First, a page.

River Raisin Massacre
January 22, 1813, Frenchtown, Michigan
The second part of the Battle of Frenchtown was known as the "River Raisin Massacre". It was a severe defeat for the Americans during the war while attempting to retake Detroit early in 1813.
On January 22, the main British/Indian force arrived at Frenchtown. Winchester's headquarters were far away from the main American lines and was no where near his troops when the British attacked.
The British/Indian attack surprised the American camp but they took their positions quickly and returned fire.
However, when the right flank gave way the main line began to retreat, even though the left flank anchored in a fort still held. Winchester, attempting to join the front lines, was captured en route by Chief Roundhead. The American retreat quickly became a rout and only 33 of the 400 engaged escaped the battlefield.
Proctor feared that Harrison's force might close in on him and made a hasty withdrawal to Brownstown on January 23. Proctor did not have enough sleighs to carry the wounded American prisoners and left them behind under the guard of the First Nations Indians along the River Raisin. The Indians then proceeded to execute 60 American prisoners and ransom off the few unharmed prisoners in Detroit. This action became known as the "River Raisin Massacre."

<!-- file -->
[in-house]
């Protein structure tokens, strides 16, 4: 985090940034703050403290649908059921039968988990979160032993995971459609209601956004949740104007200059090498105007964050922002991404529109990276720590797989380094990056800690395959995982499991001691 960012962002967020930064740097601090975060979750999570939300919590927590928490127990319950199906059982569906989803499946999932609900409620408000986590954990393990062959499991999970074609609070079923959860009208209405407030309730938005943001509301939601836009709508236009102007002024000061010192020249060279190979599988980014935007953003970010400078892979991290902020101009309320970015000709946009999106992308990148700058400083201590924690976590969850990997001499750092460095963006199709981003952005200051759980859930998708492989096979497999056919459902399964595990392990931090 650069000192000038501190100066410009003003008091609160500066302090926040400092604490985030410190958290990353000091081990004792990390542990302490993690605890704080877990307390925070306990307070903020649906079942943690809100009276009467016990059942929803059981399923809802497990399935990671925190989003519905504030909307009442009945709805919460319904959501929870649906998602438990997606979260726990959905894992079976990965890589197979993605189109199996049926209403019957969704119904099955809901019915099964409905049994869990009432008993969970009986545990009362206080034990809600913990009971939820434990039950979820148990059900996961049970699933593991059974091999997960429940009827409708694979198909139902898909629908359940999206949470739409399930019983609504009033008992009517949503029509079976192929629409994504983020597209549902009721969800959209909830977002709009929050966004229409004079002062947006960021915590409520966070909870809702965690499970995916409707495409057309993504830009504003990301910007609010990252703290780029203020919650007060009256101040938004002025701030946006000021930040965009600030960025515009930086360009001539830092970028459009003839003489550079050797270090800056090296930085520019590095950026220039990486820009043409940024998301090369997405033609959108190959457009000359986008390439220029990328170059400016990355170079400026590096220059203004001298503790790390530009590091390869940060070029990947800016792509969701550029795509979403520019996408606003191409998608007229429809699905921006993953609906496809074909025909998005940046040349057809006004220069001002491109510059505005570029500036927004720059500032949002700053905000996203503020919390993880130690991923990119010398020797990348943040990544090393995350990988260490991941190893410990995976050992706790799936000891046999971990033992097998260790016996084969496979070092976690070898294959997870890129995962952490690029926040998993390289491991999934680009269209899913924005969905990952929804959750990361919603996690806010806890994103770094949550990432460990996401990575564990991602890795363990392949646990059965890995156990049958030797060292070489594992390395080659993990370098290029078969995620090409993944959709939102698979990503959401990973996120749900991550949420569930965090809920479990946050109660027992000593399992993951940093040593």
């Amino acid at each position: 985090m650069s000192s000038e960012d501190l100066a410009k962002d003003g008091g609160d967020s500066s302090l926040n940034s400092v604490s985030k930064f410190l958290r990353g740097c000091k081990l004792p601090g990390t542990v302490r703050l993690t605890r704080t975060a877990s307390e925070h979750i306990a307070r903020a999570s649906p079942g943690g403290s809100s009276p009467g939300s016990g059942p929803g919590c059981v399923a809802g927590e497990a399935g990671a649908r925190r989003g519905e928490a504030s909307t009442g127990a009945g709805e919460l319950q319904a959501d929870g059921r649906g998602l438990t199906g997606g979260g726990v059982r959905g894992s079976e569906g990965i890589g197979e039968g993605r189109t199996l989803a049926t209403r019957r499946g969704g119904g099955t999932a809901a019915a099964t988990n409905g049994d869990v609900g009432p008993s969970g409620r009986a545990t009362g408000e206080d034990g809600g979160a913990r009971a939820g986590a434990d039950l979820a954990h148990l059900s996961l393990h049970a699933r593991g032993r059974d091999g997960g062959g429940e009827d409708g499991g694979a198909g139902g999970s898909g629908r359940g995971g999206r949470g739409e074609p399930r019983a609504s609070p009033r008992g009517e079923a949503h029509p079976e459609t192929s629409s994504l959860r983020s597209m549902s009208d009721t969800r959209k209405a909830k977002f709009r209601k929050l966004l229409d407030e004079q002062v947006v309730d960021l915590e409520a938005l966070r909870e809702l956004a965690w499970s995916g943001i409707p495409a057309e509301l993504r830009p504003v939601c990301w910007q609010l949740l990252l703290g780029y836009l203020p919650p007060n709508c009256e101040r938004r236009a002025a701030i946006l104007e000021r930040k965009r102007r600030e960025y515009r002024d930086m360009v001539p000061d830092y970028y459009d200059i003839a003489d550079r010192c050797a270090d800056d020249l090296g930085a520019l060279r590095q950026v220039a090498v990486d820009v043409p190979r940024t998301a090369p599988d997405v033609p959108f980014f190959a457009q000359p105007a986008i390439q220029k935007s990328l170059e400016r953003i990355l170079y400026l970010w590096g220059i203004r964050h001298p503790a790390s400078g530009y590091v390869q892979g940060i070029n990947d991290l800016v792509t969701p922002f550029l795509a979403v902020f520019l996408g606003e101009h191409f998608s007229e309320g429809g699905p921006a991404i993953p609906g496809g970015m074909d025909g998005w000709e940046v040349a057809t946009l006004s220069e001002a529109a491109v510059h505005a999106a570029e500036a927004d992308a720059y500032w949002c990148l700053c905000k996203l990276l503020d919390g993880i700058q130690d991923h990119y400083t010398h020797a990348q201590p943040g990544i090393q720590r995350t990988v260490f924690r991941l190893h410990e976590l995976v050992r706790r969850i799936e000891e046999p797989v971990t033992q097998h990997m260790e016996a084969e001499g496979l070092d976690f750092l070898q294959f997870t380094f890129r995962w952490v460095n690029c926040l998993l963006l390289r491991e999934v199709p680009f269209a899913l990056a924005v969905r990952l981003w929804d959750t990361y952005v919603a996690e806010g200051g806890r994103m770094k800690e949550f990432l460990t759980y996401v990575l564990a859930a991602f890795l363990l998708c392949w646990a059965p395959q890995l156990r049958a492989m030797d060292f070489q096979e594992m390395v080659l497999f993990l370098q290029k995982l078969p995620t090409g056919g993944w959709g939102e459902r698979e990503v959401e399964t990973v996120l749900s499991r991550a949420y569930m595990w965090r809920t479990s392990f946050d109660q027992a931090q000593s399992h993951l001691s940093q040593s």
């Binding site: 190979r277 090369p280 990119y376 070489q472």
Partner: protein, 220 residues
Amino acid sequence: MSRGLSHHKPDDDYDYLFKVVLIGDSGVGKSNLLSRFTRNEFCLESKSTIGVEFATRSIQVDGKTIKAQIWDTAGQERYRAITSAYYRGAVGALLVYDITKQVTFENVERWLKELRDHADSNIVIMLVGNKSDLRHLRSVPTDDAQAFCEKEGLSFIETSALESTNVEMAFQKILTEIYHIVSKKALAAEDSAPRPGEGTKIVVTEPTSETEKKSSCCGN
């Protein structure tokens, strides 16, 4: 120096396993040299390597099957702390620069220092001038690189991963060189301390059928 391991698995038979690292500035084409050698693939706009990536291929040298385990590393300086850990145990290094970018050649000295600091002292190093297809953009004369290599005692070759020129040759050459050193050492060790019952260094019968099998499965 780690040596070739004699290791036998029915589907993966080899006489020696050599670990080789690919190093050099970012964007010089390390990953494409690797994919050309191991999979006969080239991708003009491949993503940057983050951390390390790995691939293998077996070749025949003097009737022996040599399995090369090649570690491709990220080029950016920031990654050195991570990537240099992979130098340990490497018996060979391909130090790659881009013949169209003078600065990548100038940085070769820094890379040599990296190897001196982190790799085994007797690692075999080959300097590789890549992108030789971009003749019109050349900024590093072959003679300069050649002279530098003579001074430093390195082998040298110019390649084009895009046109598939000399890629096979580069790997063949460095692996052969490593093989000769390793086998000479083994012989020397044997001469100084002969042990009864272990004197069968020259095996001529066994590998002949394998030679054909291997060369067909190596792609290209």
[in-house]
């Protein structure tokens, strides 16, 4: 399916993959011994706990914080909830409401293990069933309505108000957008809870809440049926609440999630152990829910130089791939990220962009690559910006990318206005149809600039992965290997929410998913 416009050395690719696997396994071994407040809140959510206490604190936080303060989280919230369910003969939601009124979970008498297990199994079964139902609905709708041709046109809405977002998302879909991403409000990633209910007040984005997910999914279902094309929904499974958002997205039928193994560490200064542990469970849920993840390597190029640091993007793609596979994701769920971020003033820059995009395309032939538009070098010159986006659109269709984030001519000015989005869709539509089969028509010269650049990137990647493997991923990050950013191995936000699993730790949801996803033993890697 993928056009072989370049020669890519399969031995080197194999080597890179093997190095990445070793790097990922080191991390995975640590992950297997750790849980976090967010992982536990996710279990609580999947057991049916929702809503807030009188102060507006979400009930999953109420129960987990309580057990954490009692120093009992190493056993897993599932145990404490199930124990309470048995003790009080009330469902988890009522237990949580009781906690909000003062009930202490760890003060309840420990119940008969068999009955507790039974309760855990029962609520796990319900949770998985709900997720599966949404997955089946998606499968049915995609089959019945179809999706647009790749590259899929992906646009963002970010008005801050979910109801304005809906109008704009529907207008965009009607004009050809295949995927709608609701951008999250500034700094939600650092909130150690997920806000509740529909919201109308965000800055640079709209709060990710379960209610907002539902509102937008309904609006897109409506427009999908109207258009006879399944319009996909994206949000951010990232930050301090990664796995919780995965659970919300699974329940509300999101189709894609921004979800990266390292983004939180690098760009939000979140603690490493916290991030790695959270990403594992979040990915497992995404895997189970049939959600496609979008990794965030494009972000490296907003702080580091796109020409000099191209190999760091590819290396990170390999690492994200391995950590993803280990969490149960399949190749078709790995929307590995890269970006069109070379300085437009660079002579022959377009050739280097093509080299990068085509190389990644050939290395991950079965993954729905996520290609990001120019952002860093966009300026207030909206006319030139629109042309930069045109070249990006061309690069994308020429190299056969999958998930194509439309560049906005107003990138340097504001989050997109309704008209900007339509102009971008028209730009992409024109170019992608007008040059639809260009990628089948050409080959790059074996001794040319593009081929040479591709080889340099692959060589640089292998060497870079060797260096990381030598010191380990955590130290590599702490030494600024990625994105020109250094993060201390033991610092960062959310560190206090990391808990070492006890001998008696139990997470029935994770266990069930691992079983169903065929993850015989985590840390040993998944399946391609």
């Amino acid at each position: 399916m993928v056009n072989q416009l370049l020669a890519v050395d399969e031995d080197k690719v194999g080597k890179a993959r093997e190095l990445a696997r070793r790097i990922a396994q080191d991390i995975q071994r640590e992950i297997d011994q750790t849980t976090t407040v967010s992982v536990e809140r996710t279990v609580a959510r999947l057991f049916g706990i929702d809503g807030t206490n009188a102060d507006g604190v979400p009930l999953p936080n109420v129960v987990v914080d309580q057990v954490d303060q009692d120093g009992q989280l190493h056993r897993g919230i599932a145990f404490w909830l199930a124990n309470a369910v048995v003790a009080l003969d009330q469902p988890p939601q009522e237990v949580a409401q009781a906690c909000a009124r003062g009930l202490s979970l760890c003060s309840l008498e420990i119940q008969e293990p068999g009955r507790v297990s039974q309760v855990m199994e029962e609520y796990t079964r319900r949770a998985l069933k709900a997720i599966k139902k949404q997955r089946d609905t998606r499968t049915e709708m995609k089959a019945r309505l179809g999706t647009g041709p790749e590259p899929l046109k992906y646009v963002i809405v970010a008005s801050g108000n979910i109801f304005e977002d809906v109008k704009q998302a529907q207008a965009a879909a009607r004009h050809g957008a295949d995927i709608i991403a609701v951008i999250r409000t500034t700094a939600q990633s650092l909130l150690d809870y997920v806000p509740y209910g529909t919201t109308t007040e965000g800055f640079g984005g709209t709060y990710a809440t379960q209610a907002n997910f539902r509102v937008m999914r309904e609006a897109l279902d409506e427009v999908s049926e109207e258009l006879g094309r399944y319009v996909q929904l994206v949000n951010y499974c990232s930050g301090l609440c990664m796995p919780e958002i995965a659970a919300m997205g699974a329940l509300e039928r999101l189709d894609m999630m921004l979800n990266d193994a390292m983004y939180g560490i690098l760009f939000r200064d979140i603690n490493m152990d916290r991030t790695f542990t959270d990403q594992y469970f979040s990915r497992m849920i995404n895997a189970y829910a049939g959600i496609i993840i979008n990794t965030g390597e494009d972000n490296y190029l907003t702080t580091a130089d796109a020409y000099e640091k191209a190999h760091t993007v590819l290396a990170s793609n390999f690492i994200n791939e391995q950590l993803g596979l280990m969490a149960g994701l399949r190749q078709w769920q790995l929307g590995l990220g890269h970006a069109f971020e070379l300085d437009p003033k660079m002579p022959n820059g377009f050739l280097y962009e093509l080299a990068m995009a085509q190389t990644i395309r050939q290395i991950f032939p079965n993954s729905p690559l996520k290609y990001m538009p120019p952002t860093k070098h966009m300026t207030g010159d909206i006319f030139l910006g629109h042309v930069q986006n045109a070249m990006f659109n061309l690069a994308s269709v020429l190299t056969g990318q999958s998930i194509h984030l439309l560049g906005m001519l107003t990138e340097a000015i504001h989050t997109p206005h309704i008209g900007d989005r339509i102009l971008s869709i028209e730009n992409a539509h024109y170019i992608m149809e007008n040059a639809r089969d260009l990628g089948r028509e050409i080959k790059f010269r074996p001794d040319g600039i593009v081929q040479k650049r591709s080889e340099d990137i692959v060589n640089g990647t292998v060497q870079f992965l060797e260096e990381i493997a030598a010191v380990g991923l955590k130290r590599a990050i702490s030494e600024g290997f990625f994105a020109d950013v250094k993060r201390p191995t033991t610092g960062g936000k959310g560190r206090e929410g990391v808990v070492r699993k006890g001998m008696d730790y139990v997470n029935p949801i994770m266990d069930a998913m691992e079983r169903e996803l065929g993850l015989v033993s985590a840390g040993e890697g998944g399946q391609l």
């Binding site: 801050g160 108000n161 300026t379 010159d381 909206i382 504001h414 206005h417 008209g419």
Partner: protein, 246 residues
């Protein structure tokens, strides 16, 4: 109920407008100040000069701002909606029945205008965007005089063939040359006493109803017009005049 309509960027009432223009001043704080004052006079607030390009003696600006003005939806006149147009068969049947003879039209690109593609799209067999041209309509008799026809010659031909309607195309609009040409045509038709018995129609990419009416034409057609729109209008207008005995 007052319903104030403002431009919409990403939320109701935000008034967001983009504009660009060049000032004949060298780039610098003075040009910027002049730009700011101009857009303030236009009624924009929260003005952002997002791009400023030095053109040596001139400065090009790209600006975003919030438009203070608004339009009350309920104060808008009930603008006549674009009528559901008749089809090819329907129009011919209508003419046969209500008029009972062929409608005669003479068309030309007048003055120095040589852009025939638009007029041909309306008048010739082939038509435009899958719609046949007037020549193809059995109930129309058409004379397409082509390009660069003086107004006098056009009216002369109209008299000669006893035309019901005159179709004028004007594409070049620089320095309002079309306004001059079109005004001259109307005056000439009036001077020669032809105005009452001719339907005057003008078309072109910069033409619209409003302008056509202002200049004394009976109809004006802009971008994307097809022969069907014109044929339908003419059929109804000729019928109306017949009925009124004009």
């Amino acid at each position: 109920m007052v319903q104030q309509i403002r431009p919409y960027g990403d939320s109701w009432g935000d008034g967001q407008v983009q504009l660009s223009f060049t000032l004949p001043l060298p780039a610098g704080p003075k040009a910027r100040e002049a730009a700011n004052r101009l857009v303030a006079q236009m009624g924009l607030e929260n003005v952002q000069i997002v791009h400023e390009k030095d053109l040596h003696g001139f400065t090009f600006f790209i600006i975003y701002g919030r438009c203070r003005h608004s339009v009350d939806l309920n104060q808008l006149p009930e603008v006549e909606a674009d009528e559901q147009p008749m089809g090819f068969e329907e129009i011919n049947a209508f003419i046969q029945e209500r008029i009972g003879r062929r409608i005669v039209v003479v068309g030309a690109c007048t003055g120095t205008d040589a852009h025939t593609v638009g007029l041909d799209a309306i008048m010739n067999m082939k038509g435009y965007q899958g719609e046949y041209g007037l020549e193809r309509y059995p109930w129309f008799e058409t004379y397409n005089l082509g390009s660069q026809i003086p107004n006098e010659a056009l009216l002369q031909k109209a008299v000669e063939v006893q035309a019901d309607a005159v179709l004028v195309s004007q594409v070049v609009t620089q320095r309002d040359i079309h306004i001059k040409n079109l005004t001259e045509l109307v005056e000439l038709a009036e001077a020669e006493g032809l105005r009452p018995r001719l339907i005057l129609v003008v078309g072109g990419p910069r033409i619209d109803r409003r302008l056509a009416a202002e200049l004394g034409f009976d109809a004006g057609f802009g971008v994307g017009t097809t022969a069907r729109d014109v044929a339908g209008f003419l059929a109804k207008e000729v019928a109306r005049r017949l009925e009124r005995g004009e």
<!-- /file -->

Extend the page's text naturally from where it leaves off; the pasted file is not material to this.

Because of the poor state of readiness of the American troops, they suffered such vast losses, and thus the battle is also known as the "River Raisin Massacre." Harrison retreated up the Maumee River, but when he learned that the British did not pursue, he returned to the shore of Lake Erie and built a fort which he named Fort Meigs.
The defeat at Frenchtown ended Harrison's campaign against Detroit. He instead assumed a defensive position in Ohio and built Fort Meigs. The phrase "Remember the River Raisin" became a rallying cry for Kentucky militiamen.